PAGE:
Innovations in information and communication technology infuse all branches of science, including life sciences. Nevertheless, healthcare is historically slow in adopting technological innovation, compared with other industrial sectors. In recent years, new approaches in modelling and simulation have started to provide important insights in biomedicine, opening the way for their potential use in the reduction, refinement and partial substitution of both animal and human experimentation. In light of this evidence, the European Parliament and the United States Congress made similar recommendations to their respective regulators to allow wider use of modelling and simulation within the regulatory process. In the context of in silico medicine, the term 'in silico clinical trials' refers to the development of patient-specific models to form virtual cohorts for testing the safety and/or efficacy of new drugs and of new medical devices. Moreover, it could be envisaged that a virtual set of patients could complement a clinical trial (reducing the number of enrolled patients and improving statistical significance), and/or advise clinical decisions. This article will review the current state of in silico clinical trials and outline directions for a full-scale adoption of patient-specific modelling and simulation in the regulatory evaluation of biomedical products. In particular, we will focus on the development of vaccine therapies, which represents, in our opinion, an ideal target for this innovative approach.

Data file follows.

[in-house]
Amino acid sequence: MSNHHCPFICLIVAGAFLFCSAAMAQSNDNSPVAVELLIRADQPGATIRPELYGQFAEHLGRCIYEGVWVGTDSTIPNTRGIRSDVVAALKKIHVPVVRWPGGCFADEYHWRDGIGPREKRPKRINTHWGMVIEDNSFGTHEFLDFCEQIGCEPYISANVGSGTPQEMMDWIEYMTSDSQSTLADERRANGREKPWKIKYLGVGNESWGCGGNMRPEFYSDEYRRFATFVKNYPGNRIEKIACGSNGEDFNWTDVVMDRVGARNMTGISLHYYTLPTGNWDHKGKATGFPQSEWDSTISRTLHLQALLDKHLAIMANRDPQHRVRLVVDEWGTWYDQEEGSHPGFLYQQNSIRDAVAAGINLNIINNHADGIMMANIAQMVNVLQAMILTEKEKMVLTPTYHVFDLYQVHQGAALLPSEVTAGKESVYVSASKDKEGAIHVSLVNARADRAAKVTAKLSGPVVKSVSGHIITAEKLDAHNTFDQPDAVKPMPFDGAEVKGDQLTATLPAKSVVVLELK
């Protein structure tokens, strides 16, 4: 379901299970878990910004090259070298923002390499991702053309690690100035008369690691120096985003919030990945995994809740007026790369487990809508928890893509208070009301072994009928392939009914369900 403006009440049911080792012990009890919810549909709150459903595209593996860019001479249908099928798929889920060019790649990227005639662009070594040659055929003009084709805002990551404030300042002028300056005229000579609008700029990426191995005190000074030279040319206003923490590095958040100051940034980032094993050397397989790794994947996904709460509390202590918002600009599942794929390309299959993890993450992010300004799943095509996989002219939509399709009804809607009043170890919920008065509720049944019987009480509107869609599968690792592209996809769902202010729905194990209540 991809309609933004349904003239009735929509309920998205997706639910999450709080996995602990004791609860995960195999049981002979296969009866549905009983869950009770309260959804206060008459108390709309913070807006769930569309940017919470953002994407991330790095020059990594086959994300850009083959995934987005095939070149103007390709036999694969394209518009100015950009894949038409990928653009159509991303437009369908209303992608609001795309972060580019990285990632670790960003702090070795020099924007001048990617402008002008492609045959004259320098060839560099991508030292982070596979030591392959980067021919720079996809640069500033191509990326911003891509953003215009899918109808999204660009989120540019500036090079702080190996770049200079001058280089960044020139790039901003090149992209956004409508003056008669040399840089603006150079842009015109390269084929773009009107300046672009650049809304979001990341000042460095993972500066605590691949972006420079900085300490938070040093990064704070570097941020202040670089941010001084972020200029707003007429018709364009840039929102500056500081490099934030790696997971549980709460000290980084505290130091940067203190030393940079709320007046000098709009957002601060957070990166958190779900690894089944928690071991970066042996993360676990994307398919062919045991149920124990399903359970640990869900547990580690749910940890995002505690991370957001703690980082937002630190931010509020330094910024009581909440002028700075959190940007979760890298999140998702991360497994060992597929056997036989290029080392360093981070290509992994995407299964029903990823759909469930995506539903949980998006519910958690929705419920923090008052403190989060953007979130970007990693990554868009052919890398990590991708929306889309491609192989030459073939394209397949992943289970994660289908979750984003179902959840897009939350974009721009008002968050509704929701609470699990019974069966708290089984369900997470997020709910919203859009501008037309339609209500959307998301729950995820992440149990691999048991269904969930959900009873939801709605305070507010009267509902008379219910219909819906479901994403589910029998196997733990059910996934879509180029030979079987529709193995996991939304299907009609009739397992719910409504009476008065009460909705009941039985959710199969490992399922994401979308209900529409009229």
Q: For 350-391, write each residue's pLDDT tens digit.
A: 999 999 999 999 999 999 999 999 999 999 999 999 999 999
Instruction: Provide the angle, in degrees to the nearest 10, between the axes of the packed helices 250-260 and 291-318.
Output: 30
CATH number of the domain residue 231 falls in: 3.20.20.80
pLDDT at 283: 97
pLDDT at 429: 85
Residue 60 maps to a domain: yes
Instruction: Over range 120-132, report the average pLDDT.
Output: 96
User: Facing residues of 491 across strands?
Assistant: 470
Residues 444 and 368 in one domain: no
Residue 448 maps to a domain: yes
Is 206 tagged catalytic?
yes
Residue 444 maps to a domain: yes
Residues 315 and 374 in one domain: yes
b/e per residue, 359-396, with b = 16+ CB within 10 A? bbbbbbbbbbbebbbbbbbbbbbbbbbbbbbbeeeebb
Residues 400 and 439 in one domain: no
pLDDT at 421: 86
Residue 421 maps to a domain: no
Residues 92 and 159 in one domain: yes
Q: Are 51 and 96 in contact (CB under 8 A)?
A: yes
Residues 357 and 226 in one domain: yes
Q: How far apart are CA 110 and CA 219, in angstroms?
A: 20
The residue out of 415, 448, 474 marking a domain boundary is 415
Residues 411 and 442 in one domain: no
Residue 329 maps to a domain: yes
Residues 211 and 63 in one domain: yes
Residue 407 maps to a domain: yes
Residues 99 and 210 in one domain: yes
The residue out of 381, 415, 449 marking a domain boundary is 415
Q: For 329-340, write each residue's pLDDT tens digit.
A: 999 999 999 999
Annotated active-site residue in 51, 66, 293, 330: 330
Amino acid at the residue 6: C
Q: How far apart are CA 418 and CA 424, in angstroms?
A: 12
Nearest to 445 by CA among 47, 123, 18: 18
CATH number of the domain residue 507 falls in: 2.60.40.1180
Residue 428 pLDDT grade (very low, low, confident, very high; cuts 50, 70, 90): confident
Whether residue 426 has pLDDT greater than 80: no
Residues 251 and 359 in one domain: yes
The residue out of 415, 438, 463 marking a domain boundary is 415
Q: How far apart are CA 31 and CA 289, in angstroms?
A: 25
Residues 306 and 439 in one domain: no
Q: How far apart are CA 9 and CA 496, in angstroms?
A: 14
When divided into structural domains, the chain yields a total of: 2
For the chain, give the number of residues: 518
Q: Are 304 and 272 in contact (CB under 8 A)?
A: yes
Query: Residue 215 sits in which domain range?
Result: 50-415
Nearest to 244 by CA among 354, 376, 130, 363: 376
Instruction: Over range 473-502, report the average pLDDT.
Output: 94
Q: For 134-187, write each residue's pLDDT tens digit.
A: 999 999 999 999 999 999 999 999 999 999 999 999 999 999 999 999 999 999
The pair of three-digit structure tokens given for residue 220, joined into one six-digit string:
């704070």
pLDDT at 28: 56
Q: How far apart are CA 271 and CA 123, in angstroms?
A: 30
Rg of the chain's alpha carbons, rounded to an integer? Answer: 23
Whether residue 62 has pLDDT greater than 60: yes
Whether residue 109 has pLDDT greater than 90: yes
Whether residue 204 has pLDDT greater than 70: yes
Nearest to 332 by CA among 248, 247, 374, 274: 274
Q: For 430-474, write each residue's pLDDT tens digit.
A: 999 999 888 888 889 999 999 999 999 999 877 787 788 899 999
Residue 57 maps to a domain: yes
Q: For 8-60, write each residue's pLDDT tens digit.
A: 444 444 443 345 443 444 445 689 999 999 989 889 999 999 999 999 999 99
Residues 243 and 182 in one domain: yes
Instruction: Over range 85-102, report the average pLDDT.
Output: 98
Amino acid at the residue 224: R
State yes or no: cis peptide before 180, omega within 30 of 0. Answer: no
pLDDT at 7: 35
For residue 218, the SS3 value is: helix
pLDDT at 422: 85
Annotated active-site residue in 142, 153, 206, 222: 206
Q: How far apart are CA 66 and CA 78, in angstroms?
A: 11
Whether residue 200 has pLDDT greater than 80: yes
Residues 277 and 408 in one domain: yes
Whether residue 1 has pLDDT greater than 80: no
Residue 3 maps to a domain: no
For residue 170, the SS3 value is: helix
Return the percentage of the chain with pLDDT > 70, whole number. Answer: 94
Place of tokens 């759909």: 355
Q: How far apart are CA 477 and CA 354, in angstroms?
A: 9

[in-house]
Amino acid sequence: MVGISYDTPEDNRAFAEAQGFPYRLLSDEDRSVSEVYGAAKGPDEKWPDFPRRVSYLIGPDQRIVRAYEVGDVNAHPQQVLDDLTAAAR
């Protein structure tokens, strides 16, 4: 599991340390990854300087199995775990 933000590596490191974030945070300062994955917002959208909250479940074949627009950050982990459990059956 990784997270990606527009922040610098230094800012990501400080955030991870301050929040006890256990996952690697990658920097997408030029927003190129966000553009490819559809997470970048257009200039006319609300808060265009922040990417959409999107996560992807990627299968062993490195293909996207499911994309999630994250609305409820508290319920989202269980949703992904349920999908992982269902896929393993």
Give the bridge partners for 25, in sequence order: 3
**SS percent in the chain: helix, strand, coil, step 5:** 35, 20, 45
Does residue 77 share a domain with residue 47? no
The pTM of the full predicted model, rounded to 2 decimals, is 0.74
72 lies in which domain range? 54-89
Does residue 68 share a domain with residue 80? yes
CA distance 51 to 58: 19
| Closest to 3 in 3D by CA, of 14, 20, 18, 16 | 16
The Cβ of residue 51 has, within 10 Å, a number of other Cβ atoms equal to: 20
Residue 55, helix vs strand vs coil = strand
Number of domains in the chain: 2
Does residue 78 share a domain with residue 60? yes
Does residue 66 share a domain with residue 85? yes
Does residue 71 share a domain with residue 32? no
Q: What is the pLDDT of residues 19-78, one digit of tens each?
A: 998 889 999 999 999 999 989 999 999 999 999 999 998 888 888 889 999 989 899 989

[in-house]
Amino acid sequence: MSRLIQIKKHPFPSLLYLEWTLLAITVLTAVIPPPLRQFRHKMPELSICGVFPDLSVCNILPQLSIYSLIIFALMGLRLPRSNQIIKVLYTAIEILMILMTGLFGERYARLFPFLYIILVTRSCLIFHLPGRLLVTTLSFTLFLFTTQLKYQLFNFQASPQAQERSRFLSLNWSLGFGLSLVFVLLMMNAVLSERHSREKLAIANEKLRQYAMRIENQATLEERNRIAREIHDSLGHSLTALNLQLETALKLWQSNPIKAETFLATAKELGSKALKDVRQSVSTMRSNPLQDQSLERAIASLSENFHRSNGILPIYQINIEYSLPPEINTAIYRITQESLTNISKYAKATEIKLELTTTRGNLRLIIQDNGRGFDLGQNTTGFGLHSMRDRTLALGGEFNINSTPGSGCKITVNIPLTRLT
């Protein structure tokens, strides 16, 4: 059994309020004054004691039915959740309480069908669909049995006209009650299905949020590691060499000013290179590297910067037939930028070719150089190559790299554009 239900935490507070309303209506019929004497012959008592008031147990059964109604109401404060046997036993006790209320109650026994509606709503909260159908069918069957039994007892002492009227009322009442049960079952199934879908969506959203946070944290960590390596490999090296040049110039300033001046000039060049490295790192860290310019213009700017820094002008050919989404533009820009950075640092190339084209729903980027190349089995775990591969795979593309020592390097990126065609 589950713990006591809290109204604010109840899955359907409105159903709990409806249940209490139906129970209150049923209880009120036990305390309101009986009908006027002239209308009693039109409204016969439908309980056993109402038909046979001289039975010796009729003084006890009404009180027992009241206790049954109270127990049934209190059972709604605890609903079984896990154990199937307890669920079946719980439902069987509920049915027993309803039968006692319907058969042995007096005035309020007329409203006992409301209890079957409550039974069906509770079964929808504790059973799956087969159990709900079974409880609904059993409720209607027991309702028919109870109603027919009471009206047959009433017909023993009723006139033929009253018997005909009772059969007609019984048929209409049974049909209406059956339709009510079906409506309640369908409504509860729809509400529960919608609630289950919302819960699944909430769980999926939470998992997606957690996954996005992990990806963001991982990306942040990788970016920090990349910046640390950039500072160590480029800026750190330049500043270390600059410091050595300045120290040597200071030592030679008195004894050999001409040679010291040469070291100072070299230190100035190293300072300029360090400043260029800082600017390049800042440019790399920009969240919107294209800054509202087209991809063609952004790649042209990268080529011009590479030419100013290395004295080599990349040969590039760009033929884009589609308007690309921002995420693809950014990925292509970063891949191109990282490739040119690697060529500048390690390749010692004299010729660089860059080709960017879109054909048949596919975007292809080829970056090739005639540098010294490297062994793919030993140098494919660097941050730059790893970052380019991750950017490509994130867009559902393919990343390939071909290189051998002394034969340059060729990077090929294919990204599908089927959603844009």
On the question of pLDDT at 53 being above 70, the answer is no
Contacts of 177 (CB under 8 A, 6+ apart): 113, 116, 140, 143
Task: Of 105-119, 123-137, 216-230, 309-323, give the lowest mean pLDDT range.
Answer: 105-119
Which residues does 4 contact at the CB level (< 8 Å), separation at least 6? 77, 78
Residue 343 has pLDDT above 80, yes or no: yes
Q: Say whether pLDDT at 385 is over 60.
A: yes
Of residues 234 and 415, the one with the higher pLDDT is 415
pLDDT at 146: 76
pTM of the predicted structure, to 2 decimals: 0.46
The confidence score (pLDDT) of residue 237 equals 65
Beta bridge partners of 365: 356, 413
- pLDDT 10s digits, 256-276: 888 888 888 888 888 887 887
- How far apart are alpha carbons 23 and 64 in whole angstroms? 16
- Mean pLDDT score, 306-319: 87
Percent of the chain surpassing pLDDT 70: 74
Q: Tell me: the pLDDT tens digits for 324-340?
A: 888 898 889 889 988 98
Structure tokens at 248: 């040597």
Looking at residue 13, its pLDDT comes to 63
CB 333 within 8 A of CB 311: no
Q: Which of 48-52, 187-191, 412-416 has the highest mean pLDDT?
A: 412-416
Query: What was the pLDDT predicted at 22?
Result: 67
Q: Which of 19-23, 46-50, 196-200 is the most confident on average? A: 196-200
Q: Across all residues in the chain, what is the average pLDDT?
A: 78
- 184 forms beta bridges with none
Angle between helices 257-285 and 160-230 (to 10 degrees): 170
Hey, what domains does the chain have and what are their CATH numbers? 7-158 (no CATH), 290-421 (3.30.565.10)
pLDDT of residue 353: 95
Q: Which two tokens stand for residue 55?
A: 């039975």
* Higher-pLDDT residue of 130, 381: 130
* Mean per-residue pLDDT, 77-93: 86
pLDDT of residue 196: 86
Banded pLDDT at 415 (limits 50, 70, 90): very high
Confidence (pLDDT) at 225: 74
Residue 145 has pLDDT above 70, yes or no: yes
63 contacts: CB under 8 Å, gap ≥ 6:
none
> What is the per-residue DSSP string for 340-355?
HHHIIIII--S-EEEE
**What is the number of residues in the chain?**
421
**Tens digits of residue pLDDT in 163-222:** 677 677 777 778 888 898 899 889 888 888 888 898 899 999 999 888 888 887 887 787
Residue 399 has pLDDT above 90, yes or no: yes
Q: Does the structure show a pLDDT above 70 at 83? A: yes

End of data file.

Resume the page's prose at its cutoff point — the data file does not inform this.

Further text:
In silico clinical trials: concepts and early adoptions

Pappalardo, Francesco
Writing – Original Draft Preparation
;
Russo, Giulia
Membro del Collaboration Group
;
2019

Abstract

Innovations in information and communication technology infuse all branches of science, including life sciences. Nevertheless, healthcare is historically slow in adopting technological innovation, compared with other industrial sectors. In recent years, new approaches in modelling and simulation have started to provide important insights in biomedicine, opening the way for their potential use in the reduction, refinement and partial substitution of both animal and human experimentation. In light of this evidence, the European Parliament and the United States Congress made similar recommendations to their respective regulators to allow wider use of modelling and simulation within the regulatory process. In the context of in silico medicine, the term 'in silico clinical trials' refers to the development of patient-specific models to form virtual cohorts for testing the safety and/or efficacy of new drugs and of new medical devices. Moreover, it could be envisaged that a virtual set of patients could complement a clinical trial (reducing the number of enrolled patients and improving statistical significance), and/or advise clinical decisions. This article will review the current state of in silico clinical trials and outline directions for a full-scale adoption of patient-specific modelling and simulation in the regulatory evaluation of biomedical products. In particular, we will focus on the development of vaccine therapies, which represents, in our opinion, an ideal target for this innovative approach.
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Utilizza questo identificativo per citare o creare un link a questo documento: http://hdl.handle.net/20.500.11769/358346
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